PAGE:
Anthropology, History, and Doubt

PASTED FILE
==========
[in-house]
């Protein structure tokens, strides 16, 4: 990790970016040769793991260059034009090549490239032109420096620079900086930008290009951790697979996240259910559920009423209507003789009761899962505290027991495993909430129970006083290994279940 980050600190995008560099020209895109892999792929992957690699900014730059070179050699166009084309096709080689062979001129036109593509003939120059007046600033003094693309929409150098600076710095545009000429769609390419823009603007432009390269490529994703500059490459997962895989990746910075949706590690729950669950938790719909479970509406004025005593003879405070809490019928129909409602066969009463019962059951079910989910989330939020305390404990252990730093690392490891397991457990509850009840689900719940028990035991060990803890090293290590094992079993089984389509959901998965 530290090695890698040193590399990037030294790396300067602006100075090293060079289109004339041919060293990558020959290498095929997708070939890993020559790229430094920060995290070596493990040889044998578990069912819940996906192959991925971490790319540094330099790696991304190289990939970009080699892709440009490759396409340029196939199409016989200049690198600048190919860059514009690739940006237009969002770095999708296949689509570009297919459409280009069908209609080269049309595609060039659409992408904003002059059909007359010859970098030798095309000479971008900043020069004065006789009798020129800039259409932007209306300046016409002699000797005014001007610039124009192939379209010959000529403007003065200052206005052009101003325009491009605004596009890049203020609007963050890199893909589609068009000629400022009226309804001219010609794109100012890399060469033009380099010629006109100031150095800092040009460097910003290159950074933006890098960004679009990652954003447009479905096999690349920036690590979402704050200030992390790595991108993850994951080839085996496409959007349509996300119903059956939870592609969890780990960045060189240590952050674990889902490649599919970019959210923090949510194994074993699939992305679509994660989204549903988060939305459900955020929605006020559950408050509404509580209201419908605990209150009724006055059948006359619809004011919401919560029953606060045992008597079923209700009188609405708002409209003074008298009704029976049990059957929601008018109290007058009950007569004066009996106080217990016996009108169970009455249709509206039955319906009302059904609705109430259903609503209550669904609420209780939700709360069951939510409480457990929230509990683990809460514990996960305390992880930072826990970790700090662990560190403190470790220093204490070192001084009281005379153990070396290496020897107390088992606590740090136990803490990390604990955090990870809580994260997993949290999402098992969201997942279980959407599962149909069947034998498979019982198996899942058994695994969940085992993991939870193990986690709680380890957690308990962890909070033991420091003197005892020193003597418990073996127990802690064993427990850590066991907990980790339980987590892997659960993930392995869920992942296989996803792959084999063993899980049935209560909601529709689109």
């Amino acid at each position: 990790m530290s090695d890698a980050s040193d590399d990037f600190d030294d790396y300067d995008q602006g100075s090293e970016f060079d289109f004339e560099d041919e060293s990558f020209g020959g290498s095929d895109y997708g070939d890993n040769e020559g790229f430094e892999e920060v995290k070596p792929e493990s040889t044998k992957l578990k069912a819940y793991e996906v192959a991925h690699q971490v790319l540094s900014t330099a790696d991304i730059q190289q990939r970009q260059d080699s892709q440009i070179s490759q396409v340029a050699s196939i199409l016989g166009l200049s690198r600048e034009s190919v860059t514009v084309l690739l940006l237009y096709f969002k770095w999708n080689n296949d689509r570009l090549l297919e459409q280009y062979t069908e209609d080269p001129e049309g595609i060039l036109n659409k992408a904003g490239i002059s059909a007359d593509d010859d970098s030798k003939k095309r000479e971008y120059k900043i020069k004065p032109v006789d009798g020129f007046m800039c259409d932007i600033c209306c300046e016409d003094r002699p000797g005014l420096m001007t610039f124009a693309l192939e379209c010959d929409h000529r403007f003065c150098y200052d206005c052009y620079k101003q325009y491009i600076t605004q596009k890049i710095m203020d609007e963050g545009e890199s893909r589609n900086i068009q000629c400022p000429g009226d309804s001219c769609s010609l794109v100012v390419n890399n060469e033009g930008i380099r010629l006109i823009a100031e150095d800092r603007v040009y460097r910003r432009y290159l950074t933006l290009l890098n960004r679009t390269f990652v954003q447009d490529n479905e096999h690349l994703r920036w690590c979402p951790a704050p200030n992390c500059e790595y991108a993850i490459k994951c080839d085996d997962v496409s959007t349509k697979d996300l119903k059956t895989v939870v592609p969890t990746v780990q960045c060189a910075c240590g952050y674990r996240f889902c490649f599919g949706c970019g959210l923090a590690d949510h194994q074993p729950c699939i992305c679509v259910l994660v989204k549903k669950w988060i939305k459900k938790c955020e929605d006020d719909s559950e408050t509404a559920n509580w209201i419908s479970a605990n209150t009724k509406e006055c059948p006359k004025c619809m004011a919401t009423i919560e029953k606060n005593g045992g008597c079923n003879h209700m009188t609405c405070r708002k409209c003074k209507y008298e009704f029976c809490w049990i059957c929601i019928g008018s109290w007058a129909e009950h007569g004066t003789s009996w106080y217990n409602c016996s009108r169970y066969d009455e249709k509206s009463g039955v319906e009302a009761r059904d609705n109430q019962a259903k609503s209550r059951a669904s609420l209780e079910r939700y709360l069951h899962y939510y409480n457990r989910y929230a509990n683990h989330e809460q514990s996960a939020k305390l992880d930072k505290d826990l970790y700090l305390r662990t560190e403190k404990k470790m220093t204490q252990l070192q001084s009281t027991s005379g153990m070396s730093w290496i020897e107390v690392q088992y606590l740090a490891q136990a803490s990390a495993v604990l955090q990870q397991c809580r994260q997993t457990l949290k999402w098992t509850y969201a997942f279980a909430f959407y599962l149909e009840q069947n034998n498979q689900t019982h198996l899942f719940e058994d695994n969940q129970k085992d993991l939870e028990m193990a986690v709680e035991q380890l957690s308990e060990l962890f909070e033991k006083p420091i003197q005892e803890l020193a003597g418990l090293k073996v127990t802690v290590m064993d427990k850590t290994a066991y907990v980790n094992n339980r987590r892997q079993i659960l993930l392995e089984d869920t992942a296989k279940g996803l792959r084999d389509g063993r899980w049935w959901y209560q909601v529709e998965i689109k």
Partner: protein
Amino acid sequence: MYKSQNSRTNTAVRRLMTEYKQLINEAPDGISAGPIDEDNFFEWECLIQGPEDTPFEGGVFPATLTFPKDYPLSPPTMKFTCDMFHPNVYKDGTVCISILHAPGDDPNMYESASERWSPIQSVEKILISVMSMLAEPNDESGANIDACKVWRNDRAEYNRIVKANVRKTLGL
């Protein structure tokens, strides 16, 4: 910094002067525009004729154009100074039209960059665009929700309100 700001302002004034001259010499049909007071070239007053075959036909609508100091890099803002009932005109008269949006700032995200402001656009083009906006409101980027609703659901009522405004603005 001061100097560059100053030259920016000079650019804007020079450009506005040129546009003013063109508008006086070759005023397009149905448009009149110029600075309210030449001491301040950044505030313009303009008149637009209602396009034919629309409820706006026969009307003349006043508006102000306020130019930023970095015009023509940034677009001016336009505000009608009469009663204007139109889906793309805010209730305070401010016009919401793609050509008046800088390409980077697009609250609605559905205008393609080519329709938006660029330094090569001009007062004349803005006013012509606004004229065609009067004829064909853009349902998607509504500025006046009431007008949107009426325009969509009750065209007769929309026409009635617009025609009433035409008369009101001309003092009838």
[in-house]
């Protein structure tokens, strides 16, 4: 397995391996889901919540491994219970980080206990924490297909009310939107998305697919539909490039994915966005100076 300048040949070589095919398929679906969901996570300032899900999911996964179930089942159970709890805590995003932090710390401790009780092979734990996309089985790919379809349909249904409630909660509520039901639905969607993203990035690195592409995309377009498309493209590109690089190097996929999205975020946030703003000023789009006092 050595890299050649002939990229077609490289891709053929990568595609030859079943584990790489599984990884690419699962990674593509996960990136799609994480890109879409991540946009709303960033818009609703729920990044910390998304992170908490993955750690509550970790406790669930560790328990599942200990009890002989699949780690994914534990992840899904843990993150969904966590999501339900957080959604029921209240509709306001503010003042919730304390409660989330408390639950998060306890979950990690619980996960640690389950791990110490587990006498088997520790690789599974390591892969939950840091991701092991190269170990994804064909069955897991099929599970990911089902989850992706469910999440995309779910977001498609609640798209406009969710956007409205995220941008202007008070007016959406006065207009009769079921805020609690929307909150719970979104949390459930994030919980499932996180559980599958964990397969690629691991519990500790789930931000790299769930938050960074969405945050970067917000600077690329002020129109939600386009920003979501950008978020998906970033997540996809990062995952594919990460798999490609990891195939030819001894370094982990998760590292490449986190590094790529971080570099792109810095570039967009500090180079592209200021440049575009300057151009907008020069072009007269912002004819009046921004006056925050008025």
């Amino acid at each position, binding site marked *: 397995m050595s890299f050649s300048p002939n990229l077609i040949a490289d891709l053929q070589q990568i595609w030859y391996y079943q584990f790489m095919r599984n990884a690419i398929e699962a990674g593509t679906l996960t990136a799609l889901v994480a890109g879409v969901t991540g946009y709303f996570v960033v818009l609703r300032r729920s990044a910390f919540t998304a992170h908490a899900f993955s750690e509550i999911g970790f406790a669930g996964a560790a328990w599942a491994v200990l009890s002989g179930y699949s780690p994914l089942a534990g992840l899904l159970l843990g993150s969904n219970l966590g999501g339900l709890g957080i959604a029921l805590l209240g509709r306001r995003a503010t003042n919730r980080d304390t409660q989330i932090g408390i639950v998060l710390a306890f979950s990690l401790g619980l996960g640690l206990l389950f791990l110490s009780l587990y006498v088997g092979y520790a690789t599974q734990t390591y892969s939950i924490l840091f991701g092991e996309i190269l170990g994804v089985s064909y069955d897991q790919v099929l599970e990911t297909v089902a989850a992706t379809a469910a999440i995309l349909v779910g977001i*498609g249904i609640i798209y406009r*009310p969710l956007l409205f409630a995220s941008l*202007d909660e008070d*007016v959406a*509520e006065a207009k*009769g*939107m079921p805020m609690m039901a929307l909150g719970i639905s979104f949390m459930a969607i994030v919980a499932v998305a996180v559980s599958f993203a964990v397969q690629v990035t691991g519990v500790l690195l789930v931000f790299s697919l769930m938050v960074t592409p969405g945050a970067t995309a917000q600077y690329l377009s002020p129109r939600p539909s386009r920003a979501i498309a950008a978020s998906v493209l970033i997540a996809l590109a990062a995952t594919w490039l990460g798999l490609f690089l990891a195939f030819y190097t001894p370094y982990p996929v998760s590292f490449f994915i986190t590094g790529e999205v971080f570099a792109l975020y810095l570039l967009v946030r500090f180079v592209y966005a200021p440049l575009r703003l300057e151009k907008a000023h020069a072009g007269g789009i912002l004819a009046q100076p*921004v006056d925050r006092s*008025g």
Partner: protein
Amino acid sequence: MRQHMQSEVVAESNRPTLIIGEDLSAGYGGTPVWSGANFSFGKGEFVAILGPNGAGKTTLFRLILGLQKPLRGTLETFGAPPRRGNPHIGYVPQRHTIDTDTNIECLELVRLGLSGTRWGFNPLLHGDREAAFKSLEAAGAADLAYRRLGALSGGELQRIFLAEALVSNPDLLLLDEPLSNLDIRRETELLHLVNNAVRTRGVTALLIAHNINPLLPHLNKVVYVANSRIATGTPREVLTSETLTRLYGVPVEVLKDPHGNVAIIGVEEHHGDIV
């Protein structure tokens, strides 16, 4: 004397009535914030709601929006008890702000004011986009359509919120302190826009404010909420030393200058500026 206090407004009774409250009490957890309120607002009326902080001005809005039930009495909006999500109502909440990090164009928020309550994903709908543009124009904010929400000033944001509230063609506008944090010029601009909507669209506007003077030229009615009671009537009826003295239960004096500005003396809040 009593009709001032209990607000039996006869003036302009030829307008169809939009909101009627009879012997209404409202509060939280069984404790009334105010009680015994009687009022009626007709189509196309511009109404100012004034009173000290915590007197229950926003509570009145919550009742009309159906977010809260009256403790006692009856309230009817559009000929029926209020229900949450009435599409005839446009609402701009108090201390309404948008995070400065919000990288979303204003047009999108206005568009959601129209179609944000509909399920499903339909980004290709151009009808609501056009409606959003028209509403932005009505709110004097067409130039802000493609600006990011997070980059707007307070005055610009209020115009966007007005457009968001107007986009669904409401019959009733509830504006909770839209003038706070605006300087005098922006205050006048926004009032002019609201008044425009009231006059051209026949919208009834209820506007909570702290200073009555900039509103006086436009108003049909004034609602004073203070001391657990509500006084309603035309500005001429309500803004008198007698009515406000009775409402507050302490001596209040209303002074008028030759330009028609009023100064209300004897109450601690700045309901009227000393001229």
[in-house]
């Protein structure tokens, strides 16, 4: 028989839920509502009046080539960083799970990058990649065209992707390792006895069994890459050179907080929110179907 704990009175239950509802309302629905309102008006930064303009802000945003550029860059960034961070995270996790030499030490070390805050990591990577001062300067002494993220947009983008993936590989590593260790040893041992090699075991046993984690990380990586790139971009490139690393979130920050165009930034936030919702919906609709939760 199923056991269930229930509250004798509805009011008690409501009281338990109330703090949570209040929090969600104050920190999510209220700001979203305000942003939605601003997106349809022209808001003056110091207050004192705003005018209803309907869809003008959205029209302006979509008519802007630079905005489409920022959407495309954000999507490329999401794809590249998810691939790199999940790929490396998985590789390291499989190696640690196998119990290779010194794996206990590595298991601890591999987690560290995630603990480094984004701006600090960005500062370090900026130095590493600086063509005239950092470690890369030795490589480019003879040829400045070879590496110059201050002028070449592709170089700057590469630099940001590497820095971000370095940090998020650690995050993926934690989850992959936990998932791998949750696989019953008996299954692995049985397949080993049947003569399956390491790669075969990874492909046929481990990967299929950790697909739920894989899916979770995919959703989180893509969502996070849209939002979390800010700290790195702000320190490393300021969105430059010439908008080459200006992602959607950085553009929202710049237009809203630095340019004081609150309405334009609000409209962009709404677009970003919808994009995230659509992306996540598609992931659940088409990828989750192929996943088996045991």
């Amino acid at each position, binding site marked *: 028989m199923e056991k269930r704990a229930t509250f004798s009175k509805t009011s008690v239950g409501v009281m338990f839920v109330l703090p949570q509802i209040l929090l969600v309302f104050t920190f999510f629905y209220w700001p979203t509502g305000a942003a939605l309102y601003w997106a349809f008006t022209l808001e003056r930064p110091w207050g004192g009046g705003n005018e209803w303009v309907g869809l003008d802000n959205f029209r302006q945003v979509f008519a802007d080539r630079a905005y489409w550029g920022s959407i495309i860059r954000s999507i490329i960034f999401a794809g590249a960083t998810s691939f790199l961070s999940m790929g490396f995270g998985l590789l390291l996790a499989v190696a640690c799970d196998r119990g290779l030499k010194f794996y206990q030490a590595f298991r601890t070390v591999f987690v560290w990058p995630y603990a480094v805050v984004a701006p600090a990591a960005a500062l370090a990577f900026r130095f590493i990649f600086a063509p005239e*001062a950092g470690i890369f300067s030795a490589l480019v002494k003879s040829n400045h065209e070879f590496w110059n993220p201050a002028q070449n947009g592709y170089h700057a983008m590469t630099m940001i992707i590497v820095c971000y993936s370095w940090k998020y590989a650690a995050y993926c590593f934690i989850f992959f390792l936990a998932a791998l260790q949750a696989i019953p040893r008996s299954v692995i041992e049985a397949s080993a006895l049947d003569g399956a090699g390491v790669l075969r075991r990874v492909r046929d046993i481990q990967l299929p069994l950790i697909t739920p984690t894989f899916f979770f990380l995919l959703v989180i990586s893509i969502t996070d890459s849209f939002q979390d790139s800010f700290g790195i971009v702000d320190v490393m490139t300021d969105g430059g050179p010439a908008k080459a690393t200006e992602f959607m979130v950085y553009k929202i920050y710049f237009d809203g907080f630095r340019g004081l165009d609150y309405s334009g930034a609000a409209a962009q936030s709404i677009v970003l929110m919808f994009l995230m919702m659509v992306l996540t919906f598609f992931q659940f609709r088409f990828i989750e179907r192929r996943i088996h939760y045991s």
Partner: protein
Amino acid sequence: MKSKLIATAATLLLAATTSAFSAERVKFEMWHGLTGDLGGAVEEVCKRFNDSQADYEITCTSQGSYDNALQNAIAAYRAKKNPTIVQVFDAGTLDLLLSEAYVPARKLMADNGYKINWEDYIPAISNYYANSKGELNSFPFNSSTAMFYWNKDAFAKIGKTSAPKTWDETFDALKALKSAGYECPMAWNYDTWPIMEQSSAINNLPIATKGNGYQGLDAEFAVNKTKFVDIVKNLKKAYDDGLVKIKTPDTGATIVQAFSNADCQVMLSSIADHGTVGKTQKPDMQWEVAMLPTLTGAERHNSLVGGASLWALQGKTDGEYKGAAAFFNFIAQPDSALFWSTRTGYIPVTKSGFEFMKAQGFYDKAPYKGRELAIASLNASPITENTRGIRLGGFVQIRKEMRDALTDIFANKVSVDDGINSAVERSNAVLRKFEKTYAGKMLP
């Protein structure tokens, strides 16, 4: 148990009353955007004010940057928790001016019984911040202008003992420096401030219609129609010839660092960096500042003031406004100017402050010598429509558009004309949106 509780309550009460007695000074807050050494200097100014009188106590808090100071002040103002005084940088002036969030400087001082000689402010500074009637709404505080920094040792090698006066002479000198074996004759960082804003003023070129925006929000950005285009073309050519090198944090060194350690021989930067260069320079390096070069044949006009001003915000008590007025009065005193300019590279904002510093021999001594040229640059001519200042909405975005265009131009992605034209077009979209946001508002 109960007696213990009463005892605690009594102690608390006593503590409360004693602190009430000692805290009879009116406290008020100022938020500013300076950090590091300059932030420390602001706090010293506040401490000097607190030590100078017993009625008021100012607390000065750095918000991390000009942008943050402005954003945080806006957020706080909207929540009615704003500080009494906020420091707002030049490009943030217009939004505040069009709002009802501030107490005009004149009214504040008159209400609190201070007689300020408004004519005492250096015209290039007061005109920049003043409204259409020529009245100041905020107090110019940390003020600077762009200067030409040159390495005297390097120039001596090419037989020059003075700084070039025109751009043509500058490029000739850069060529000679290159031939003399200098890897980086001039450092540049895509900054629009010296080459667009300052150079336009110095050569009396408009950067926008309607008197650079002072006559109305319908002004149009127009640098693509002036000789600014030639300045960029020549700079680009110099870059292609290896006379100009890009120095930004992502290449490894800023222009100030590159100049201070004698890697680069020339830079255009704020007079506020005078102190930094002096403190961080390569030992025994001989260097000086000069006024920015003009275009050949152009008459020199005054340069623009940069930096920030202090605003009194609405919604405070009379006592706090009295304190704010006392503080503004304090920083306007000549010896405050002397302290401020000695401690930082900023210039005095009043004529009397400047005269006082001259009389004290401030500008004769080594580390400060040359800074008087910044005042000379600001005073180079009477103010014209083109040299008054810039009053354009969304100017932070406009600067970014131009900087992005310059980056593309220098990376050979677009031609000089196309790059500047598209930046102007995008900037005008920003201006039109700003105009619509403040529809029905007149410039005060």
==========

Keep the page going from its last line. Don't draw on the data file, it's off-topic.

This introduction sets out the basic themes of the relationship between anthropological evidence and theory and the Christian faith. It situates this study in the context of British social anthropology, and reflects on why the particular figures covered in the main chapters were chosen. It also presents a brief history of British social anthropology: the social evolutionism of the early period, the move to functionalism which was accompanied by the new standard of participant-observer fieldwork, and then the addition of structuralism and its interests in abstractions. Subsequent trends included a humanistic turn, emphases on process, symbolism, meaning, and indigenous exegesis, and turning the anthropological gaze directly on modern, industrial societies. Finally, the assumption that the discipline of anthropology has an anti-faith bias is documented.
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